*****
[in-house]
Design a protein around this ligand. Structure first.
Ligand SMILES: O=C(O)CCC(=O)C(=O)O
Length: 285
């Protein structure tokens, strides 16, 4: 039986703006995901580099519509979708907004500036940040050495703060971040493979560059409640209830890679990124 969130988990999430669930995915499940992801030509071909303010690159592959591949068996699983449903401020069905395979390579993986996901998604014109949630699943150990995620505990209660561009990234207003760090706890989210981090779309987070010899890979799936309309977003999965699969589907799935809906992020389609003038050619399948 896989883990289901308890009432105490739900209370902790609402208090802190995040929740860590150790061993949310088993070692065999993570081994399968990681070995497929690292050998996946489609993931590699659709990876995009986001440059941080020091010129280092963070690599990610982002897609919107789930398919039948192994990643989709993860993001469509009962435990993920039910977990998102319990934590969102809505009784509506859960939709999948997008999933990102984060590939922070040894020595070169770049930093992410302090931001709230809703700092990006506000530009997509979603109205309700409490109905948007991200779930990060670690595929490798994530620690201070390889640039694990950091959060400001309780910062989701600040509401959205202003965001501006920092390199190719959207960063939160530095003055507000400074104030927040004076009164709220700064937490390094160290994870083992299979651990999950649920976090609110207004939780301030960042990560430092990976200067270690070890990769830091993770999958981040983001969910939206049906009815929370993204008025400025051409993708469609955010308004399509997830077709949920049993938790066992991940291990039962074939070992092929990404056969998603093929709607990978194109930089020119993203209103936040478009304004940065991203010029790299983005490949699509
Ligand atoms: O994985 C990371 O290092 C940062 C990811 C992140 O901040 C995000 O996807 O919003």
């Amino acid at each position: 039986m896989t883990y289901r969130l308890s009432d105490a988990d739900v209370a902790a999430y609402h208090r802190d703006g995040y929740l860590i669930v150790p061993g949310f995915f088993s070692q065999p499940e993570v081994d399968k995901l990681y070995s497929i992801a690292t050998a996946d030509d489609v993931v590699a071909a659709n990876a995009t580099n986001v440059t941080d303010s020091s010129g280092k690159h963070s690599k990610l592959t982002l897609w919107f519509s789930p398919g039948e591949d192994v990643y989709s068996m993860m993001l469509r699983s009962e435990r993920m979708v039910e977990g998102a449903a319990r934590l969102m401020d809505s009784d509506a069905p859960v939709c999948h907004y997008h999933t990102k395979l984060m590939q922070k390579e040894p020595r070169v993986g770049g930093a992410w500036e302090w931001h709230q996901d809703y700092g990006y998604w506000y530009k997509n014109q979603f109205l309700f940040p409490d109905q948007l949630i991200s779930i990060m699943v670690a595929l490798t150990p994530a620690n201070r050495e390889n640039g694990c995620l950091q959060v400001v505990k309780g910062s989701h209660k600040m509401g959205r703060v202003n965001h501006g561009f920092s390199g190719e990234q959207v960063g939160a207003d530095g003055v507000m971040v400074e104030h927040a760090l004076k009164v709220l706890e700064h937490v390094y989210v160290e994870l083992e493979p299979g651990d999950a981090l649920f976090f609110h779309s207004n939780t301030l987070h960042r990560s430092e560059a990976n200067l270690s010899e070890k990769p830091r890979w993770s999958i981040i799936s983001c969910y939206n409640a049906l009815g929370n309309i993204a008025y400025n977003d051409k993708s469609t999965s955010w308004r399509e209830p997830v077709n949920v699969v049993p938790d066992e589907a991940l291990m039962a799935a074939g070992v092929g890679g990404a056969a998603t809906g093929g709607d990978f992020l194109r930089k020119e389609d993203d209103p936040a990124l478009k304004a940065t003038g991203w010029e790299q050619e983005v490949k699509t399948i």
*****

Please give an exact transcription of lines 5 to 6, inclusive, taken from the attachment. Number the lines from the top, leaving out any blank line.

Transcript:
């Protein structure tokens, strides 16, 4: 039986703006995901580099519509979708907004500036940040050495703060971040493979560059409640209830890679990124 969130988990999430669930995915499940992801030509071909303010690159592959591949068996699983449903401020069905395979390579993986996901998604014109949630699943150990995620505990209660561009990234207003760090706890989210981090779309987070010899890979799936309309977003999965699969589907799935809906992020389609003038050619399948 896989883990289901308890009432105490739900209370902790609402208090802190995040929740860590150790061993949310088993070692065999993570081994399968990681070995497929690292050998996946489609993931590699659709990876995009986001440059941080020091010129280092963070690599990610982002897609919107789930398919039948192994990643989709993860993001469509009962435990993920039910977990998102319990934590969102809505009784509506859960939709999948997008999933990102984060590939922070040894020595070169770049930093992410302090931001709230809703700092990006506000530009997509979603109205309700409490109905948007991200779930990060670690595929490798994530620690201070390889640039694990950091959060400001309780910062989701600040509401959205202003965001501006920092390199190719959207960063939160530095003055507000400074104030927040004076009164709220700064937490390094160290994870083992299979651990999950649920976090609110207004939780301030960042990560430092990976200067270690070890990769830091993770999958981040983001969910939206049906009815929370993204008025400025051409993708469609955010308004399509997830077709949920049993938790066992991940291990039962074939070992092929990404056969998603093929709607990978194109930089020119993203209103936040478009304004940065991203010029790299983005490949699509
Ligand atoms: O994985 C990371 O290092 C940062 C990811 C992140 O901040 C995000 O996807 O919003």